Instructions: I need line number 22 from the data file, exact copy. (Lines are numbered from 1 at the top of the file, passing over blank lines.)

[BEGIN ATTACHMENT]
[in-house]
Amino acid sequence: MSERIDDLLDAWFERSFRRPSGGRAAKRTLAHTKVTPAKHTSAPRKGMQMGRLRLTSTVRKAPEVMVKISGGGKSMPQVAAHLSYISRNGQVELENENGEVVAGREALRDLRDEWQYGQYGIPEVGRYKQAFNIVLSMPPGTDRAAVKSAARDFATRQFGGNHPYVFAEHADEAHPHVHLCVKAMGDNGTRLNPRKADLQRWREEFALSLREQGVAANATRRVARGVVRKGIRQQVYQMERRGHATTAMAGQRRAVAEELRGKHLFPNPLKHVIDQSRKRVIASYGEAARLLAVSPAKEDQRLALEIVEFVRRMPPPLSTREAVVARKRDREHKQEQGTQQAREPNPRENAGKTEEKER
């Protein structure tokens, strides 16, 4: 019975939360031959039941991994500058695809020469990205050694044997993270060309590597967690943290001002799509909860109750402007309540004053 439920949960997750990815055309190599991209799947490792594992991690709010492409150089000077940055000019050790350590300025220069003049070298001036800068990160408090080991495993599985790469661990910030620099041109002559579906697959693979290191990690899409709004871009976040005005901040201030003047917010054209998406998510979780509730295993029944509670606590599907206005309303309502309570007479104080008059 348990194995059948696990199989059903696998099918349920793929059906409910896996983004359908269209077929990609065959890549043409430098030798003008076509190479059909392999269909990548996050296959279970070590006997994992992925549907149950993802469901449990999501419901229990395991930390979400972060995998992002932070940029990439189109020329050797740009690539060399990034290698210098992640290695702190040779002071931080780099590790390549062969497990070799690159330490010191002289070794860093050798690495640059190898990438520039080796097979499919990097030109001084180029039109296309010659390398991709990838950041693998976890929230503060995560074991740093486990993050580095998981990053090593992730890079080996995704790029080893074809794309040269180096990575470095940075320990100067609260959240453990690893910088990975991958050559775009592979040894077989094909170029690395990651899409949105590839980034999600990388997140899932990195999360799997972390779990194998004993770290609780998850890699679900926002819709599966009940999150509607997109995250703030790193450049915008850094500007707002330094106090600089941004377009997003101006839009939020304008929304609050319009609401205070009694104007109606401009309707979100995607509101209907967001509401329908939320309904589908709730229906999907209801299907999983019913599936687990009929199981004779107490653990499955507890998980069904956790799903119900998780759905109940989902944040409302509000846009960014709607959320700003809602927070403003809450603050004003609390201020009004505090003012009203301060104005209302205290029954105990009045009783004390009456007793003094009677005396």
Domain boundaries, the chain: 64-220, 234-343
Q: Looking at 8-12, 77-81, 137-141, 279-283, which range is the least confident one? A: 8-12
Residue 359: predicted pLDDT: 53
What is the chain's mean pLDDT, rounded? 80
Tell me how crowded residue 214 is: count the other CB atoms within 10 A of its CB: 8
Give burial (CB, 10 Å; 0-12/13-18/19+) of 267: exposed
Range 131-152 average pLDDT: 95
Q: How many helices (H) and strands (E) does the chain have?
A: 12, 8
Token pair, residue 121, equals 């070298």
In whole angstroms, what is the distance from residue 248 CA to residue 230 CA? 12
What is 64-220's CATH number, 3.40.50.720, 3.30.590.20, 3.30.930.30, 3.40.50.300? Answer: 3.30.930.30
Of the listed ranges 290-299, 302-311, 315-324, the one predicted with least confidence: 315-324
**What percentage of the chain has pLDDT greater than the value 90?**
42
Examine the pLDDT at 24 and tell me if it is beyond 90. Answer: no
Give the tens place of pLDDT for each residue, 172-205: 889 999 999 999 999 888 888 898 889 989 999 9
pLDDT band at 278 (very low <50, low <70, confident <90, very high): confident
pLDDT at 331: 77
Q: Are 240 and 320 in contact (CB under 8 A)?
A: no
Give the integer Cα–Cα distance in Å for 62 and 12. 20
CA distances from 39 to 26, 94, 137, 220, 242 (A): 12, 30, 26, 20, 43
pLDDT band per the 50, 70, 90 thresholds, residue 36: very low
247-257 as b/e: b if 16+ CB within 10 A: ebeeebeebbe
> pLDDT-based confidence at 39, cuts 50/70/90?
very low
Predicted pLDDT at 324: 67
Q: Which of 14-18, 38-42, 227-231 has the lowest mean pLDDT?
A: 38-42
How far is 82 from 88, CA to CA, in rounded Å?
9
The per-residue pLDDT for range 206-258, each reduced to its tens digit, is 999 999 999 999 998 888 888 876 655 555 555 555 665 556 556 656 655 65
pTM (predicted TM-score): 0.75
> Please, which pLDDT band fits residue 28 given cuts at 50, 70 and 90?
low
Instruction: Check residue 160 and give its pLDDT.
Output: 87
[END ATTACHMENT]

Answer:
pLDDT at 331: 77